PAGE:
• gandergray - Wednesday, April 9, 2014 - link

    Hello Ian. Thank you for the article. In the second to last sentence of the paragraph that follows the Athlon v. Celeron table in the “Competition” section, the word “subsiding” should be “subsidizing”.
  • JDG1980 - Wednesday, April 9, 2014 - link

    The Cinebench 10 benchmark indicates that Kabini's IPC is only slightly below that of Intel's old Conroe architecture (E2180, running at the same 2GHz clock speed). For such a small die and low TDP, that's actually pretty good. Integer IPC seems to be better than Intel's Baytrail series, though floating-point lags a bit (at least if 3D Particle Motion is a good test - never heard of it before).

    IPC for AMD's big cores is still not much better than Conroe, and lags behind Nehalem. Steamroller was supposed to help, but didn't do much for IPC (even though it did reduce the CMT penalty). This calls into question why AMD's 'construction equipment' cores are even still being developed. If the small 'cat' cores can do as well as they do with only a dual-issue front end, and a bunch of other missing optimizations (e.g. no decoded micro-op cache), then beefing up the basic design for desktop/server use would probably beat Steamroller in IPC while having lower power usage. It wouldn't close the gap with Intel's big cores, but it would at least provide a solid foundation to build on. This would be the same thing Intel did themselves back when they ditched the unviable Netburst design in favor of one derived from the mobile Pentium-M.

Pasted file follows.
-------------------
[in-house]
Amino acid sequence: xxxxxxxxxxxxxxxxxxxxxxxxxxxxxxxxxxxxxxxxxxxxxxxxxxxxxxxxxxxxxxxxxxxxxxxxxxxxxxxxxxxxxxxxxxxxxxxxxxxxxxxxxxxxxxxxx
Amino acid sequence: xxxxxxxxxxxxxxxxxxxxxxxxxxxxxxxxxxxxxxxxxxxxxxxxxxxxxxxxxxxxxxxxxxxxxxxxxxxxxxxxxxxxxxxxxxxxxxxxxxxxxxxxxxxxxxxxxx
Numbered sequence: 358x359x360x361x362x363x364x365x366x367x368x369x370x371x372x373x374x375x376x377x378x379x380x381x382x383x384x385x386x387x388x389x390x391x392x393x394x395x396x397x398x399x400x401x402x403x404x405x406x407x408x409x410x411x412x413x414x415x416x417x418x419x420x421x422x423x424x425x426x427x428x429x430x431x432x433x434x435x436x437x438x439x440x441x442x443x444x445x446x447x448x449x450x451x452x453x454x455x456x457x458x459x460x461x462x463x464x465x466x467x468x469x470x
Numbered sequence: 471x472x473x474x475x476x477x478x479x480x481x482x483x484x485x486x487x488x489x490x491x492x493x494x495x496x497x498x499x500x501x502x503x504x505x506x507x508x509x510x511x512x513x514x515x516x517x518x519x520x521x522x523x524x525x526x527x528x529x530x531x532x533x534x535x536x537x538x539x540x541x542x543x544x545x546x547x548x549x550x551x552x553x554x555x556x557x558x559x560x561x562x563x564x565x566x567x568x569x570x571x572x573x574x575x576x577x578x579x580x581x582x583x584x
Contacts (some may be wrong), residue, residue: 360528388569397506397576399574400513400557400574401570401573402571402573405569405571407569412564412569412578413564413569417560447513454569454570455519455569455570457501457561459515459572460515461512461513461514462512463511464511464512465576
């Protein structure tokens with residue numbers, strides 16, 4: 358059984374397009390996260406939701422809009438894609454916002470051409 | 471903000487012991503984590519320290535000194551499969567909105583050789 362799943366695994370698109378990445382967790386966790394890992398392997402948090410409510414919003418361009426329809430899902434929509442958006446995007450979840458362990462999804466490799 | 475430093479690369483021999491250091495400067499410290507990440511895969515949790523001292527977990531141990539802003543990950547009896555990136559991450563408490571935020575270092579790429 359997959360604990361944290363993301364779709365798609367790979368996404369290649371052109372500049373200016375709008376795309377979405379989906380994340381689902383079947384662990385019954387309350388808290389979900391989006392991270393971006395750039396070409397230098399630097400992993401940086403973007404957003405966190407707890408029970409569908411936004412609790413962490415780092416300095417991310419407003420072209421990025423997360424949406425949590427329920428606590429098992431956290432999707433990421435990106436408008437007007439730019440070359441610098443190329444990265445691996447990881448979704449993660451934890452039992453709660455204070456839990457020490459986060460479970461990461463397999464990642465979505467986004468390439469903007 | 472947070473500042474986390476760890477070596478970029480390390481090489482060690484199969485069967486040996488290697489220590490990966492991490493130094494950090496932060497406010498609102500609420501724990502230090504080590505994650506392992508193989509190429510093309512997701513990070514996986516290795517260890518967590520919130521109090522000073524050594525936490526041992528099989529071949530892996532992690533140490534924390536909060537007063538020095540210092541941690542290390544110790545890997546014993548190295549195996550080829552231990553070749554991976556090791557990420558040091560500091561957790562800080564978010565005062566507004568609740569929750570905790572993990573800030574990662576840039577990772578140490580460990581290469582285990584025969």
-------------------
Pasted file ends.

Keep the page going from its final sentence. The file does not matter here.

• mrdude - Wednesday, April 9, 2014 - link

    Yea, I think many people would agree with you. I like the Jaguar architecture quite a bit, as it seems to be very well balanced. The 4-way shared L2 and integer performance seem like very solid foundations to build upon. The fact that it has AVX whereas Intel's Atoms and low end Celerons don't is also an awesome feature.